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Spear Phishing: A new attack you may not know about

Spear Phishing: A new attack you may not know about

Cyberattacks have multiple forms and purposes. There’s no doubt that Phishing is one of the most common of them because of the way it’s done and its targets. Basically, any of us have the possibility of being a potential phishing victim.

However, there are different types of Phishing attacks, and Spear Phishing is one of the most relevant ones because of its impact and also expansion.

But, what is Spear Phishing? This targeted email spoofing attack is designed to get unauthorized access to private information from a specified person. People with malicious intent, money thefts, and military agents, are more likely than random hackers to launch a spear phishing attack.

Phishing was listed as the most common cyberattack in 2021, making up 38.2% of all cybercrimes reported to the FBI that year.

Spear phishing emails might seem like emails from a legitimate company or organization. Typically, a generic phishing website will look to originate from an adequate, widely-used service like Google or PayPal. Spear phishing, on the other hand, often involves an employee or acquaintance of the target inside the authority as the email's sender.

Many spear phishing emails are carefully prepared to utilize harmful social engineering tactics, making them tough to fight against with only technical means.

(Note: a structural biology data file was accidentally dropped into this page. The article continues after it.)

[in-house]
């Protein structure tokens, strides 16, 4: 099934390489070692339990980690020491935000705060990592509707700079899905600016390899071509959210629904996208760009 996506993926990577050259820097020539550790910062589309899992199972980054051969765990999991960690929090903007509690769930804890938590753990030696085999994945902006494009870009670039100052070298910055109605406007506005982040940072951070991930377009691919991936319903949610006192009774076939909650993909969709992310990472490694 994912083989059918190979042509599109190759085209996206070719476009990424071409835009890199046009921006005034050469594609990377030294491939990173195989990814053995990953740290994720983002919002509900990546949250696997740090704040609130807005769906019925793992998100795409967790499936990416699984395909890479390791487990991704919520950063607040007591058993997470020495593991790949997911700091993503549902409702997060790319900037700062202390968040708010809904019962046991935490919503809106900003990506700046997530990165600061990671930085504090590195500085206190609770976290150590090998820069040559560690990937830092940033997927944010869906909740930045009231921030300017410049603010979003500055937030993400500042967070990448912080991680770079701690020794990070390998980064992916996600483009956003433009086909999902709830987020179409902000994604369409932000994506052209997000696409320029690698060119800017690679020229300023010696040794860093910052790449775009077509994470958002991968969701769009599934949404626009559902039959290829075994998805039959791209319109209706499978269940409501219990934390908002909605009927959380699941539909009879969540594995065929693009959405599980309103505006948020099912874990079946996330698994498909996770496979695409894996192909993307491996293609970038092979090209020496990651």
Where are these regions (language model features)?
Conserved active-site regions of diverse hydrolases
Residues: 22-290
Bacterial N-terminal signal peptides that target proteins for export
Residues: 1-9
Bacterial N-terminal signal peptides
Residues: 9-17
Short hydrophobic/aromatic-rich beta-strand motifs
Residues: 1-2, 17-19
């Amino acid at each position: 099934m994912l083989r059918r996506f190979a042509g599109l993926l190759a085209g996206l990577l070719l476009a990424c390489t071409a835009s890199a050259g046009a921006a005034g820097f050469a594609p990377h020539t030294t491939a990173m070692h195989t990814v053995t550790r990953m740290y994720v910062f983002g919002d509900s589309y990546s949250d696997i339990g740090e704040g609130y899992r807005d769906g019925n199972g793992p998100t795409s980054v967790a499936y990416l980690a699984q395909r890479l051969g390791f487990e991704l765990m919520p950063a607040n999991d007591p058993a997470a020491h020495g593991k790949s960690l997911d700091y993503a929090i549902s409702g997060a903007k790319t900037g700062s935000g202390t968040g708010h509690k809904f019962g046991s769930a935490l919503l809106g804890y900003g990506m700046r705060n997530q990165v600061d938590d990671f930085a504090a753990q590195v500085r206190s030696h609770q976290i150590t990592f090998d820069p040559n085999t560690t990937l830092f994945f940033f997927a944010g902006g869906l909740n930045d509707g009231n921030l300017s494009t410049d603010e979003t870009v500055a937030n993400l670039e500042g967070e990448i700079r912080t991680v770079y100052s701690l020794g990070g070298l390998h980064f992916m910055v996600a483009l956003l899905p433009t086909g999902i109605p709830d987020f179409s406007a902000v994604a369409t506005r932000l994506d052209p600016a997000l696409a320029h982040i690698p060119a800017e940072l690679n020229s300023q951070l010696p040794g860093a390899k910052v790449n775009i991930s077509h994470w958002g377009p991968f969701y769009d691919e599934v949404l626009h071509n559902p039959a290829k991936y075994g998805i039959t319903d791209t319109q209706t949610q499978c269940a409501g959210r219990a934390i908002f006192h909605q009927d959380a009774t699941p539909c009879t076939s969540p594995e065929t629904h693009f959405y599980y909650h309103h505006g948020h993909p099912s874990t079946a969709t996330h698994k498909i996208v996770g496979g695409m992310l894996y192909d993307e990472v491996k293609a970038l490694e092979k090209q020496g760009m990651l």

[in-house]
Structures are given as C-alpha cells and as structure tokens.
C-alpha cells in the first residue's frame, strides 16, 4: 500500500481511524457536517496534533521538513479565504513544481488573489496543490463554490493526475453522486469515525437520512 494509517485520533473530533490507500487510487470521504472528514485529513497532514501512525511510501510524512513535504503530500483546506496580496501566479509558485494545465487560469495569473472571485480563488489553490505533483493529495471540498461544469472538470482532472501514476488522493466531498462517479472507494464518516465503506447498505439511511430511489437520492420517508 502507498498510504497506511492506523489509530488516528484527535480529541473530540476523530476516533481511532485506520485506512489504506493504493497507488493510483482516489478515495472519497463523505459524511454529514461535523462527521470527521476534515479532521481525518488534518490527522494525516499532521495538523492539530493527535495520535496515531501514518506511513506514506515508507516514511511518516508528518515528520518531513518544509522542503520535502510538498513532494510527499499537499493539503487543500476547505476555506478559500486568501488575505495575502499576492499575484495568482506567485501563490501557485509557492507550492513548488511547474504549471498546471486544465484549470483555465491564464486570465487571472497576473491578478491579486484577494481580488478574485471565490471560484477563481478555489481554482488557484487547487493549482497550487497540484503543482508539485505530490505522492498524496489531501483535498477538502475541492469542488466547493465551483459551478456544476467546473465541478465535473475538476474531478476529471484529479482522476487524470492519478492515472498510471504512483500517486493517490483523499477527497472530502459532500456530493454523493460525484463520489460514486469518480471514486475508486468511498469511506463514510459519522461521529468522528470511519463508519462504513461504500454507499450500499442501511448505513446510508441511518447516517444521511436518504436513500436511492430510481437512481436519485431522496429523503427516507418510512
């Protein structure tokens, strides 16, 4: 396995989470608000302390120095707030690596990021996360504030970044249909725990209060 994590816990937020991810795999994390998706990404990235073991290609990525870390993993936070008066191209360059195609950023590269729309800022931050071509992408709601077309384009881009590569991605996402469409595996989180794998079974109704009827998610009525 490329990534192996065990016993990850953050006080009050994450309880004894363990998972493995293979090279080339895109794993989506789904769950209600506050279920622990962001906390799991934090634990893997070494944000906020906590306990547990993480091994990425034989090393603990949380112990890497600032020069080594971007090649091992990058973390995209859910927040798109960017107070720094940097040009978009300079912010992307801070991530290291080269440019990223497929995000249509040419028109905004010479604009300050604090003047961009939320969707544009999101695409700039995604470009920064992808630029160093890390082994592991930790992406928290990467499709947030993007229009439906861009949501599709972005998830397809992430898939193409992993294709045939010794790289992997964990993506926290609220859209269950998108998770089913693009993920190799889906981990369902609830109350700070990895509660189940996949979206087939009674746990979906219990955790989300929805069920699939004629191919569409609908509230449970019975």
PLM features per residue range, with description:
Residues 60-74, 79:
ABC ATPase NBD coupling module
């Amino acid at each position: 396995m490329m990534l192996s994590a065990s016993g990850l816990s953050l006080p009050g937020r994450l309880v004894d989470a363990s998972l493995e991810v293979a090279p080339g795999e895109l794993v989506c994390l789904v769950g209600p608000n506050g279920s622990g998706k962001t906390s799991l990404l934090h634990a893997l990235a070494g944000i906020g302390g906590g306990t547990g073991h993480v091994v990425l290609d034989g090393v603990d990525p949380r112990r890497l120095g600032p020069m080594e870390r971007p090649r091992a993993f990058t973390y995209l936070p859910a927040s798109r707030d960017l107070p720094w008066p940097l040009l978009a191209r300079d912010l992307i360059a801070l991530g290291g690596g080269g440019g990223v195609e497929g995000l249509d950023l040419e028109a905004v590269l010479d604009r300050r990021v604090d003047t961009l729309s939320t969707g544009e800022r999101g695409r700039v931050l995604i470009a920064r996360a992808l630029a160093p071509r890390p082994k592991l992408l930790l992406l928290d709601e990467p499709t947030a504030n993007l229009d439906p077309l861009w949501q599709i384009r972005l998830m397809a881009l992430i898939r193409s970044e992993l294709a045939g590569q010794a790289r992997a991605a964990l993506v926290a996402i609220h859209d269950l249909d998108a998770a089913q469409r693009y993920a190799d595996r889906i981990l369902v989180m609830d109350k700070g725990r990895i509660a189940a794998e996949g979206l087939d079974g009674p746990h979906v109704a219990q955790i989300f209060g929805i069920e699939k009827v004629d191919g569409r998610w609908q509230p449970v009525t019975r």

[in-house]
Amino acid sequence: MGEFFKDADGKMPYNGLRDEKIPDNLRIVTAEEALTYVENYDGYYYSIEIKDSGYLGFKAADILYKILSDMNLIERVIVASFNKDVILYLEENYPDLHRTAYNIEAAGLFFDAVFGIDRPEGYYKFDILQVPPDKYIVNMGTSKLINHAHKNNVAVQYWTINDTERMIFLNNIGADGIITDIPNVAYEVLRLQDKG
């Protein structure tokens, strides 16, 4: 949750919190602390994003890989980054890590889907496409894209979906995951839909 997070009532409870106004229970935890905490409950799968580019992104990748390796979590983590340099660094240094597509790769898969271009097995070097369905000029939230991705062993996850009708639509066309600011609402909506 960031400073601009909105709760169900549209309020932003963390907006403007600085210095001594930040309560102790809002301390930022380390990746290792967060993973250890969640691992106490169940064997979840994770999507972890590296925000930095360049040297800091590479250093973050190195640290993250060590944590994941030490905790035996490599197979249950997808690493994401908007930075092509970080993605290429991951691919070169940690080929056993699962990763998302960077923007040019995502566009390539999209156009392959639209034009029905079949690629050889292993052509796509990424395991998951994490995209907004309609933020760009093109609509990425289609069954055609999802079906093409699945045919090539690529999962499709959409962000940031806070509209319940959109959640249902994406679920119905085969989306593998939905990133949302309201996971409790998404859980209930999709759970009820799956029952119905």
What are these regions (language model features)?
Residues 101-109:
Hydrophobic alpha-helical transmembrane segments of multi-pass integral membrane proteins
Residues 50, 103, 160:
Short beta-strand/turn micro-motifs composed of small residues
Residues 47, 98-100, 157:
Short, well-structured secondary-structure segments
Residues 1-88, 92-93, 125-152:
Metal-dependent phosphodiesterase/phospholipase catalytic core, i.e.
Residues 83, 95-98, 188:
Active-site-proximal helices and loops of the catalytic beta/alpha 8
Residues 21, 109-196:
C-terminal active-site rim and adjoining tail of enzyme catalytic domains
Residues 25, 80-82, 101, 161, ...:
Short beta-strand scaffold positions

Phishing vs Spear Phishing vs Whaling

Spear phishing and whaling are two of many subsets of the broader category of phishing assaults, which includes almost any attempt to utilize email or other electronic messages to fool individuals. However, it’s important to differentiate between phishing, spear phishing and whaling in order to get a better understanding of these types of attacks.

Automated, mass-distributed emails with generic content are the most common sort of phishing attack. They are worded to be somewhat enticing (the attachment may be titled "salary report," or the link might go to a bogus lottery-winning site). Still, no effort is made to personalize the message for the recipient. The word "phishing" comes from the word "fishing" (the "ph" is part of the history of humorous hacker spelling). The concept is similar to fishing in that an attacker casts out a baited hook (the phishing email) in the hopes that any potential victim would swim by and take the bait.

As the name implies, spear phishing aims to target a particular victim. Specific information about the attacker is included in a spear phishing email to persuade the reader to take the desired action. It begins with the target's name and may progress to add professional and personal details that attackers have obtained via other means.

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You may also come across the term "whaling," which refers to spear phishing targeting enormous fish. Whaling refers to spear phishing to trick high-profile individuals, such as politicians, business leaders, or celebrities, into giving over their personal information. When conducting spear phishing, it is not uncommon to concentrate on less apparent targets who do crucial tasks, such as an IT or finance employee granting access to users or approving bills.

How does a Spear Phishing attack work?

As the success of a spear phishing attack hinges on the recipients' trust in the attackers' messages, one of the most critical aspects of the technique is how the attackers get the personal information they need to create them.

An attacker might use some techniques to do this. Typical phishing or a hole in the email infrastructure are two examples of how an email or messaging system might be compromised differently. Nonetheless, it is just the beginning.

In some cases, a person’s email falling under the hacker’s targetted firms list gets hacked. The attacker stays there on the network for accessing the active chats. As soon as the email is read, the attacker uses tactics to hack the data.